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  5. My wife and I have been fortunate to inherit some furniture and art & a clock from my grandmother and great aunts, and have been able to purchase some other items (tables & a chesterfield) at a bargain price from friends of my parents.

    We also make a point to visit antique shops when we travel - we've been able to obtain two beautiful antique floor lamps that have been re-wired and fitted with LED bulbs and new lampshades.

    Being in Canada, we also have access to Kijiji, which is an online 'classifieds ads' site owned by eBay - free to post items and you can meet in person for transactions. We've purchased some mid-century Scandinavian dining room chairs and a cabinet for our turntable and stereo through that site.

    New furniture often cuts corners on construction, especially in the stuffing used in cushions (which bags out prematurely). However, items can be reupholstered, or even just re-stuffed with higher quality foam.

    As has been mentioned before, a piece at a time, consider second-hand, and do not buy many items at once. Waiting until there is a need or an opportunity is usually much more rewarding in the end; I believe it results in more of the 'eclectic and considered' taste that many of us find appealing.

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  6. So far, all practical advice I agree with. While acquiring staples and decorative items, choose only those things that speak to you, that you absolutely love. Be open to hand-me-downs from family. Your choices should tell a story. The most interesting houses I've seen have evolved. Never be so desperate as to furnish a room overnight. Scout around and take your time. You should never tire of your choices - they should last a lifetime. Remember: quality over quantity and keep it simple.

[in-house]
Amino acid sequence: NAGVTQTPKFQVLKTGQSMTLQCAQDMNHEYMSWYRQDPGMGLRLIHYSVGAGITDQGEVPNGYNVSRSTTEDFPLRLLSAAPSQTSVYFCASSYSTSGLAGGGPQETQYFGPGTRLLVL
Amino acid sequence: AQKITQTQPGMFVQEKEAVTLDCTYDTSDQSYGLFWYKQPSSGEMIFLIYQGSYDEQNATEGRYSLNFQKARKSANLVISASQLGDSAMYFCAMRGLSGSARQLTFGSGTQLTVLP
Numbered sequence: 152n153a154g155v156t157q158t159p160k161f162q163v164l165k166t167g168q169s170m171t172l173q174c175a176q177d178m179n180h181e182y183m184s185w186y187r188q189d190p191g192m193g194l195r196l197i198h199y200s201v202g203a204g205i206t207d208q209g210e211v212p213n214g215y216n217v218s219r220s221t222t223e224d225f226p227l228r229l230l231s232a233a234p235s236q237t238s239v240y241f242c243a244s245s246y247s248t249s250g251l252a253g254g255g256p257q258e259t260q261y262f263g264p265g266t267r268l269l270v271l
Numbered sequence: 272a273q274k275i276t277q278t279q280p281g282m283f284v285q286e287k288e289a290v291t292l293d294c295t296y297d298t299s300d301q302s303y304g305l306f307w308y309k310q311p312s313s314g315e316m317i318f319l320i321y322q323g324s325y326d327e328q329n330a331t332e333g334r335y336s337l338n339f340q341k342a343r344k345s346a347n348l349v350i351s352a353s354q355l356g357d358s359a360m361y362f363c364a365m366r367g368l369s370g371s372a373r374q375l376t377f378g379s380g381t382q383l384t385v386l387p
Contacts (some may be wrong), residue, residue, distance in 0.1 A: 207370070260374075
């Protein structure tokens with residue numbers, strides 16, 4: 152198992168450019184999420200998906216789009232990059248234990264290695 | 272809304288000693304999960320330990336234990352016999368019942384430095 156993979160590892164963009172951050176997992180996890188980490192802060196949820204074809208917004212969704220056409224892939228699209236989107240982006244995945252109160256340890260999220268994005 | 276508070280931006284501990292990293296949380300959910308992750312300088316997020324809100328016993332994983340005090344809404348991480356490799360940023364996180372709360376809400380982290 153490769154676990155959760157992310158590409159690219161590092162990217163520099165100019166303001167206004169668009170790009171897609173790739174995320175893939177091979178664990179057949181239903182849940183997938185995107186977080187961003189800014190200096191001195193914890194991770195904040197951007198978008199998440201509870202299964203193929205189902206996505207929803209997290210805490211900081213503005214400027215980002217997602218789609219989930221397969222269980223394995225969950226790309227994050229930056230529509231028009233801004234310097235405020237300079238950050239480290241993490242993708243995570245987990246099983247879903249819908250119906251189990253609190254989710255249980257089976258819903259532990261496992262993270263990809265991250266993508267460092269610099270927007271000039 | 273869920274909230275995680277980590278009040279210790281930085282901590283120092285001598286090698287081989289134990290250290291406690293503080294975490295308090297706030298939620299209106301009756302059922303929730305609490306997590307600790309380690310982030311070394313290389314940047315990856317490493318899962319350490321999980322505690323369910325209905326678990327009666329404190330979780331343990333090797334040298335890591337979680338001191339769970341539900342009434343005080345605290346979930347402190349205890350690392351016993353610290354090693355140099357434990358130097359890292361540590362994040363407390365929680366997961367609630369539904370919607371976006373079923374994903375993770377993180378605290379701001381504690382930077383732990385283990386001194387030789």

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  7. What a good topic. I would add only a few points. First, make sure the sofa you purchase is comfortable. I find many of the newer ones are way too deep to sit on comfortably; you have to sprawl on them. Second, don't be worried to use the things you have. Our kitchen table is about a hundred years old and it is only getting more scratched up with time. May be we will refinish it some day but right now I feel like the marks are a record of our family's life. Best of luck!

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  8. Try to avoid allowing your acquisition of the necessary pieces to morph into simply accumulating "stuff." You will find you spent the first two thirds of your life surrounding yourself with it, and the last third trying to get rid of it.

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  9. Speaking from experience, I bought most of my first pieces at the Salvation Army, flea markets, tag sales, and auctions. I then took upolstery classes for about five years. These pieces are heavy, well-made, and still in my home. Eventually, I inherited some lovely Chinoiserie pieces but I still have a special fondness for my "finds." Today there are also online options such as Letgo and Chairish where one can search for goodies. Refreshing to hear that you like the cozy, comfortable, traditional style.